All went swimmingly for the first three weeks and then one horrible wet and windy dark night I strayed off the brash mat slightly and within seconds was sat at a very precarious angle. I tried to straighten the forwarder up and ended up completely bogged. I was about half a mile to roadside on a pissing wet night with no torch and waterproofs (they were in my van) and faced with a mammoth trek across a swamp to roadside.

I eventually made it to my van and was frozen, wet through and in utter despair. I made my way home for a hot bath and a warm meal and decided to assess the situation in the morning before reporting back to base.

The weather the following morning was much brighter but my day got quite a bit gloomier when I saw the forwarder well and truly bogged. This was not going to come out on its own and I would definitely need another machine to pull me out.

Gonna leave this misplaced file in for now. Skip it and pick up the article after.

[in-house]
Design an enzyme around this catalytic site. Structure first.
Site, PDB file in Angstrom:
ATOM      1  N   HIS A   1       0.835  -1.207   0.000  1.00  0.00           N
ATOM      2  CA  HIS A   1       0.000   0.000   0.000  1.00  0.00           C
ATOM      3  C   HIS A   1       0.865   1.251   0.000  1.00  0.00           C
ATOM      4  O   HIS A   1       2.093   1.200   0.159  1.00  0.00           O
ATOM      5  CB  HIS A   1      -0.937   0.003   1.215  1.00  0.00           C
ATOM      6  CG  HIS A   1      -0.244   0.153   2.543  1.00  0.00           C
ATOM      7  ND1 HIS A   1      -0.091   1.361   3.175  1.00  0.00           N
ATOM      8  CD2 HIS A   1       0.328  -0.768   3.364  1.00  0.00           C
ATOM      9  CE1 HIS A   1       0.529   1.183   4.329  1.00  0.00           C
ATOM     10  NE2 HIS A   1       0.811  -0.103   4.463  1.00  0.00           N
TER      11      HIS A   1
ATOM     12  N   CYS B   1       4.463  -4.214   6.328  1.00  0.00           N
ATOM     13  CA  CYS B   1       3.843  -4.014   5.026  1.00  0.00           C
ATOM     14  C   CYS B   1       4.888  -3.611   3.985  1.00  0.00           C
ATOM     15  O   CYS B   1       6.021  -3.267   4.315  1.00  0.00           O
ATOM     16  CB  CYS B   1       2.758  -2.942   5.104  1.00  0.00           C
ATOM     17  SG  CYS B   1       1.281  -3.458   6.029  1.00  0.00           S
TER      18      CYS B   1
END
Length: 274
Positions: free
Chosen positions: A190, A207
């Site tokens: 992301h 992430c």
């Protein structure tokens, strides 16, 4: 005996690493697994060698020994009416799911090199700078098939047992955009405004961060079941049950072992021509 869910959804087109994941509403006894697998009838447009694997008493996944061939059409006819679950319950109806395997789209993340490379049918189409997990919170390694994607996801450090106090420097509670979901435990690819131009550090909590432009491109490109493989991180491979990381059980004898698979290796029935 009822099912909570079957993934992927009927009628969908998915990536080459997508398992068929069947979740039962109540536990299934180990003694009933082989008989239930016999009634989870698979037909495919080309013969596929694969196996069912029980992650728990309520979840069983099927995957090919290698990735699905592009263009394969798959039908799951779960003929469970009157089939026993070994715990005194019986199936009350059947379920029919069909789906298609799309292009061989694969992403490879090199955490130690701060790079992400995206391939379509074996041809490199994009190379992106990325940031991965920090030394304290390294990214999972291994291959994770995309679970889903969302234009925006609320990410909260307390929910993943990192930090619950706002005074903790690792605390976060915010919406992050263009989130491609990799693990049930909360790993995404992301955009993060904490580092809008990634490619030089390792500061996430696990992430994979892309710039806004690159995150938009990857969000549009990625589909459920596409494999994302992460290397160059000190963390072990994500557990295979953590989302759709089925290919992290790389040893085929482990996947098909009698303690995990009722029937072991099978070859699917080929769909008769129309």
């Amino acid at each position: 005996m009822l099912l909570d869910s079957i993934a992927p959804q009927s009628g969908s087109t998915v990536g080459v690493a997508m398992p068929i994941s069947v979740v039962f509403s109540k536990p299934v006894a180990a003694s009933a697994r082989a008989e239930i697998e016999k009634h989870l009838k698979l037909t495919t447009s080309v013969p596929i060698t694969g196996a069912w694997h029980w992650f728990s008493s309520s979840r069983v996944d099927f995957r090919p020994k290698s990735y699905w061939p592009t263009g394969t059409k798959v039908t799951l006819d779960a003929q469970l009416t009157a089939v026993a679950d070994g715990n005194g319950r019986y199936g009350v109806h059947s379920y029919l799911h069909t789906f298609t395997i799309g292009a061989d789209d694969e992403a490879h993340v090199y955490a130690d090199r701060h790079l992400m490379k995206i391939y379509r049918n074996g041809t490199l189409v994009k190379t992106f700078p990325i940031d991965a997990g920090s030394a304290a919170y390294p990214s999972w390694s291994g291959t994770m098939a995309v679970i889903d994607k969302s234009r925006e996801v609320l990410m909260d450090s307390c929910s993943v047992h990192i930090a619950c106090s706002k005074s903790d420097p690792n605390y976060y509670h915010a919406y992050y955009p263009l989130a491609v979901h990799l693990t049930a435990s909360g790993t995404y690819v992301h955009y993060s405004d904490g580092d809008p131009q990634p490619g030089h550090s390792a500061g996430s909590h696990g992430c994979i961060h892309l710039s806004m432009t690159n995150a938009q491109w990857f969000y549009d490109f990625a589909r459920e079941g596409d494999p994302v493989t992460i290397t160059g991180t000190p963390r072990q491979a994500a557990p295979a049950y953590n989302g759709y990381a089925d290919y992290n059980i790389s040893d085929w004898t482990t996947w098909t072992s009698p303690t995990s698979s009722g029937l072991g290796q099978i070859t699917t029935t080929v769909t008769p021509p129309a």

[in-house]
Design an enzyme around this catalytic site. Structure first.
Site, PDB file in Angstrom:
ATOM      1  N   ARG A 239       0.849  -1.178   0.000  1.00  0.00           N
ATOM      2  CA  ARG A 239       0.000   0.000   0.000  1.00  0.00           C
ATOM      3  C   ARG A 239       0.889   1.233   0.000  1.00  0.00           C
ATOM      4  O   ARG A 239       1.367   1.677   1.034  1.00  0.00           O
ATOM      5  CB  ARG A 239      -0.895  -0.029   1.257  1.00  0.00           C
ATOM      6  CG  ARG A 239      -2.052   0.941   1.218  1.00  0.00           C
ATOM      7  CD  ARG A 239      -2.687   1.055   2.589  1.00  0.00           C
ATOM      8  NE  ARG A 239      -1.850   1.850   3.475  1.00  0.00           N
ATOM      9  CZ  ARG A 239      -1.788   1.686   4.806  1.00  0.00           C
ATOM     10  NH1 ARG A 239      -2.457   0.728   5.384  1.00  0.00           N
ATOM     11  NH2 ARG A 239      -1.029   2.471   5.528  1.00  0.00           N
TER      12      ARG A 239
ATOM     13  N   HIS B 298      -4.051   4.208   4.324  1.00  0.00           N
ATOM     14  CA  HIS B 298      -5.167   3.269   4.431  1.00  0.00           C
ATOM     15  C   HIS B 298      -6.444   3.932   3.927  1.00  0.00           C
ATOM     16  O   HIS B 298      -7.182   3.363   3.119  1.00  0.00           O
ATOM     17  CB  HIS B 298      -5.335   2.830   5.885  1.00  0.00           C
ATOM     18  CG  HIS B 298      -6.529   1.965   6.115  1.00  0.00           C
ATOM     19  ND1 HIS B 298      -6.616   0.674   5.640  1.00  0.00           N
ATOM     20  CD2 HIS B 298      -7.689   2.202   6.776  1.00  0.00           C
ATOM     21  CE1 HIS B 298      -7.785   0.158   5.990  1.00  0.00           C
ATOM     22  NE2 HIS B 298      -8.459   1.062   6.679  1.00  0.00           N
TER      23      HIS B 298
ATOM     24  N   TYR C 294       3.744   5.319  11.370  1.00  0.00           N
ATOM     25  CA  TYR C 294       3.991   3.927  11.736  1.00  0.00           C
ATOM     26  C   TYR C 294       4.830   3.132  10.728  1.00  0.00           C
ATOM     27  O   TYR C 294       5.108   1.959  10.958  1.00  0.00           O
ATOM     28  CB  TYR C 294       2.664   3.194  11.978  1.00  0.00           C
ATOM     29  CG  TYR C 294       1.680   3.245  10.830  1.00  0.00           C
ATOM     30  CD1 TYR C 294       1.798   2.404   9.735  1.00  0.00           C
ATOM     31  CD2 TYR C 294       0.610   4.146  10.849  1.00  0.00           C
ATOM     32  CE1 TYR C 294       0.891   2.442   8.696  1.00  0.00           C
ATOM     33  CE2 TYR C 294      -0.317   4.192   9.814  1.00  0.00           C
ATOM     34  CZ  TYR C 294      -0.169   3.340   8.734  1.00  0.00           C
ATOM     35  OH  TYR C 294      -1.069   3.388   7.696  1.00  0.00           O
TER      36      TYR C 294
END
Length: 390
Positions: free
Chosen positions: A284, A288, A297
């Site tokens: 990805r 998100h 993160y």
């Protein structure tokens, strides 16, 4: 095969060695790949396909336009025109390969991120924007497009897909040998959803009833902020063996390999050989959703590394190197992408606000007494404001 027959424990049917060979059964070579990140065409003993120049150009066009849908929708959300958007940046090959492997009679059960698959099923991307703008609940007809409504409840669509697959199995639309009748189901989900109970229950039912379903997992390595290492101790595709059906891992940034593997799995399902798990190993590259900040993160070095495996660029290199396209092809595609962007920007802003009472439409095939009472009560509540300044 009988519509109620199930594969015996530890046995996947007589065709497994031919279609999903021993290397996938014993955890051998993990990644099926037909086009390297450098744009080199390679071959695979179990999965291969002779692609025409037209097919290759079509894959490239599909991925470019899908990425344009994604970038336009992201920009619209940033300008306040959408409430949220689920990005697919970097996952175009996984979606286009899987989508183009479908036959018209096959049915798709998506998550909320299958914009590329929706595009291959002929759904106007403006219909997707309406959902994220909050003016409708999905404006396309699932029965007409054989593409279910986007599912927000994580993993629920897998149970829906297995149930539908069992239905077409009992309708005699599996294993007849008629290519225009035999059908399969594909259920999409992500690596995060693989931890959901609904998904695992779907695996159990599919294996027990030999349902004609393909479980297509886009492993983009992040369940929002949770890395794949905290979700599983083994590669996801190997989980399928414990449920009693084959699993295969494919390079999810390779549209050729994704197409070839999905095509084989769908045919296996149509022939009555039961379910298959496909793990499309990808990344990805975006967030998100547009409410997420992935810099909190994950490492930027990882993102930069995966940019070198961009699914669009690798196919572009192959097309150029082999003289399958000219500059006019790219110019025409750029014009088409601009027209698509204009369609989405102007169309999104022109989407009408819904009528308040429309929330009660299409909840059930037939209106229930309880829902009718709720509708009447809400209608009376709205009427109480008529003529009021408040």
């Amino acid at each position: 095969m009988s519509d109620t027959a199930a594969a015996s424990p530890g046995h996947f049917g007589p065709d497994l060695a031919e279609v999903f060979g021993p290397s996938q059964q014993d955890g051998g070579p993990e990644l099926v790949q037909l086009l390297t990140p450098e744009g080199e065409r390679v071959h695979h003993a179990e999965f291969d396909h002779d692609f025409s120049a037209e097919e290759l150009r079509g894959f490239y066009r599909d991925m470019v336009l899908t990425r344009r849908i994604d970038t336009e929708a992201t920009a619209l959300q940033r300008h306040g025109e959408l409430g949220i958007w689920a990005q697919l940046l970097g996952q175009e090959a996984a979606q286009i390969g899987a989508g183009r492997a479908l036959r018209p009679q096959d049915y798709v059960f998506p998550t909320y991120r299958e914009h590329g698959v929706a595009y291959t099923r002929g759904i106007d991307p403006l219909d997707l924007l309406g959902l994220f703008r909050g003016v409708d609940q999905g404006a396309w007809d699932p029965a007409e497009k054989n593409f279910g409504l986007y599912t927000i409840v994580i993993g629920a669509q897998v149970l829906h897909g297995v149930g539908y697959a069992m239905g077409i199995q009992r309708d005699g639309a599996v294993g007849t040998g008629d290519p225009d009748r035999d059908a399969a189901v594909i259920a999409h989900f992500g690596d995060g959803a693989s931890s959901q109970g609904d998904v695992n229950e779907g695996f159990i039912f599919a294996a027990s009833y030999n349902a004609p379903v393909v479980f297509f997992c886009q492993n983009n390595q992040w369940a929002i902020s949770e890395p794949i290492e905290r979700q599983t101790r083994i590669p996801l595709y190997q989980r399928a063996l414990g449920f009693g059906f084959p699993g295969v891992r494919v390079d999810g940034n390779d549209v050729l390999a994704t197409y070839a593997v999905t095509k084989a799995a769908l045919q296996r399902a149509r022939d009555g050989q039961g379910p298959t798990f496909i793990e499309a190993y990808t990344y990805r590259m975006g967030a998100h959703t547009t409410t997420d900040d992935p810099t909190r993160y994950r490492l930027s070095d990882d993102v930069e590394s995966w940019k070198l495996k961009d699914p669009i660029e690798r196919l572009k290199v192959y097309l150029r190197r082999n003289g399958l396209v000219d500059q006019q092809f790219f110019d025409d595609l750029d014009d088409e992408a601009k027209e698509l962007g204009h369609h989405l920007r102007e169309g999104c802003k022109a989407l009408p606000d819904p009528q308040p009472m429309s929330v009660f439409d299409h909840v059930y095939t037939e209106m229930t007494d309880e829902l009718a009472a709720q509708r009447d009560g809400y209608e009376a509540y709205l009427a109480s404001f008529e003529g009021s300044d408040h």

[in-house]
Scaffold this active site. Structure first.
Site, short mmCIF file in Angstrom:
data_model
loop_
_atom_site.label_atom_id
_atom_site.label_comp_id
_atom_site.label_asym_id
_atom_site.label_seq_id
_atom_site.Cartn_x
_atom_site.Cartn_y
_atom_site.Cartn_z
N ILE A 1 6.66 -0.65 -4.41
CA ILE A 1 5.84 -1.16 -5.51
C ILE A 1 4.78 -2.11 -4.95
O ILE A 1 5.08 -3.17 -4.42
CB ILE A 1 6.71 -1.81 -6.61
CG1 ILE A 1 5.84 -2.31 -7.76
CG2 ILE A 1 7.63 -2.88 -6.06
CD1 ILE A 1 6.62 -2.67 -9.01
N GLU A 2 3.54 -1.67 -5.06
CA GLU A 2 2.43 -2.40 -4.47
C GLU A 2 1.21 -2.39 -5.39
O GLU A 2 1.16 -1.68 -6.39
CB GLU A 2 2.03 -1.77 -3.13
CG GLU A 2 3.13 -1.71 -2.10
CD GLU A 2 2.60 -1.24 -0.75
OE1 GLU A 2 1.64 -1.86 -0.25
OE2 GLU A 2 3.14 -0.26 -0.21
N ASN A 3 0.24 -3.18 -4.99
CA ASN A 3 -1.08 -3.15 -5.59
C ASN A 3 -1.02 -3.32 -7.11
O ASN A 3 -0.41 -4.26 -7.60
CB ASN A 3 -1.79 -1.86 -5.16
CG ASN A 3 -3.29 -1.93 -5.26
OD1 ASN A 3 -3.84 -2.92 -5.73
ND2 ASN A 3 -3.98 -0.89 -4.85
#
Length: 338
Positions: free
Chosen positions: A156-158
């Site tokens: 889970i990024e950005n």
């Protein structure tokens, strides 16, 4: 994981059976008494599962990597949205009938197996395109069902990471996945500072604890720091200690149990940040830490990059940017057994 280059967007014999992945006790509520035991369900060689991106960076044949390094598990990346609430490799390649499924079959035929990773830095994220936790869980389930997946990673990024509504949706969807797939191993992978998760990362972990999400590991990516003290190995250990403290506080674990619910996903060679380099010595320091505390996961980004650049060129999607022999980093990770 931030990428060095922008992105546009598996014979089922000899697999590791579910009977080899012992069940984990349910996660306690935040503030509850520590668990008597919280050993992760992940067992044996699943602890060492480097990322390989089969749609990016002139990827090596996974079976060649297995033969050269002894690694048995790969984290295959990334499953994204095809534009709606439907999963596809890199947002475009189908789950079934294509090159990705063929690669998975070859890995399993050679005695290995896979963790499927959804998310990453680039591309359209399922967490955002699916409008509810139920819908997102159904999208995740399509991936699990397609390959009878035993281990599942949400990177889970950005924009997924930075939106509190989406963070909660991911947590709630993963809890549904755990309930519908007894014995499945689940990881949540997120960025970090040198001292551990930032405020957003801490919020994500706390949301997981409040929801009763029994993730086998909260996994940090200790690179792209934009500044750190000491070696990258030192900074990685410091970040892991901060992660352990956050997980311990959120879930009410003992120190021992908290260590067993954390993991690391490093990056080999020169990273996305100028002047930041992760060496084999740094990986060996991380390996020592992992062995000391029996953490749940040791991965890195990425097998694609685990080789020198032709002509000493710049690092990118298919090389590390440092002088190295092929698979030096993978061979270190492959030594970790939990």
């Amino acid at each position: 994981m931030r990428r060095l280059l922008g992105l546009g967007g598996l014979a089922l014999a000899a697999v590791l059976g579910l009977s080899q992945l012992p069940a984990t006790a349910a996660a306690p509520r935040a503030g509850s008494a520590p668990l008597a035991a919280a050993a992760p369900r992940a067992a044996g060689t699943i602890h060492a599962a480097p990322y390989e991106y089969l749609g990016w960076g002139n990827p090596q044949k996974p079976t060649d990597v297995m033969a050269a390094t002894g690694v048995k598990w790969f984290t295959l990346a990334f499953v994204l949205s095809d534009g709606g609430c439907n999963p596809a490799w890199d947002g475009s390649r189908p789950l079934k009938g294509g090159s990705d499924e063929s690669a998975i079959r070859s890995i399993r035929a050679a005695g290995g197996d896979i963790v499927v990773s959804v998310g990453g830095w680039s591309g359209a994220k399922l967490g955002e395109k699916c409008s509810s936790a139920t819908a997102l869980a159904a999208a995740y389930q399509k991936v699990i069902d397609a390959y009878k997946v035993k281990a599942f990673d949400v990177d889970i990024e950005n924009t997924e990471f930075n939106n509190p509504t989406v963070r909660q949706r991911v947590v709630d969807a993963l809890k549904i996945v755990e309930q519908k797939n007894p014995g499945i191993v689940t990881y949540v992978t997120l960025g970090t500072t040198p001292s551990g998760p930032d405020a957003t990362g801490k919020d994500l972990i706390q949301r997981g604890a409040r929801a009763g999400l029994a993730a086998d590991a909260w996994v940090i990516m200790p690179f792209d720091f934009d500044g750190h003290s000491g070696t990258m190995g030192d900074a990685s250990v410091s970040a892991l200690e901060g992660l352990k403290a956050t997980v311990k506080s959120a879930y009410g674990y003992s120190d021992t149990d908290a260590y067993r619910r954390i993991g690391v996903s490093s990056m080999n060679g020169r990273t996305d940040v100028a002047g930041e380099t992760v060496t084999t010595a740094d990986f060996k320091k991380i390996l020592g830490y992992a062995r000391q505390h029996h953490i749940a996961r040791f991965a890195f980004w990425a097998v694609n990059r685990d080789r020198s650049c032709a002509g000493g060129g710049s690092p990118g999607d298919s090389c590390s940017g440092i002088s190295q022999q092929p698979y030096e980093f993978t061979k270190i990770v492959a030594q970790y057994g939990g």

Mobile phone service was in its infancy so after walking around the site waving my phone in the air looking for signal I eventually found an area where it would work.

I was now in a major dilemma; do I phone Davy and face the music or do I run away and join the merchant navy never to be heard of again.

I decided to face the music and in all fairness Davy was extremely calm and relaxed about it and arranged for another forwarder to come over from Hawick, about three hours away, as soon as he could arrange transport.

The following day a red and black cab Valmet 860 arrived on the low loader followed by the operator Joe (I can’t remember his surname). I met him at roadside and put shackles and the towing chain on his forwarder and set off to de-bog mine.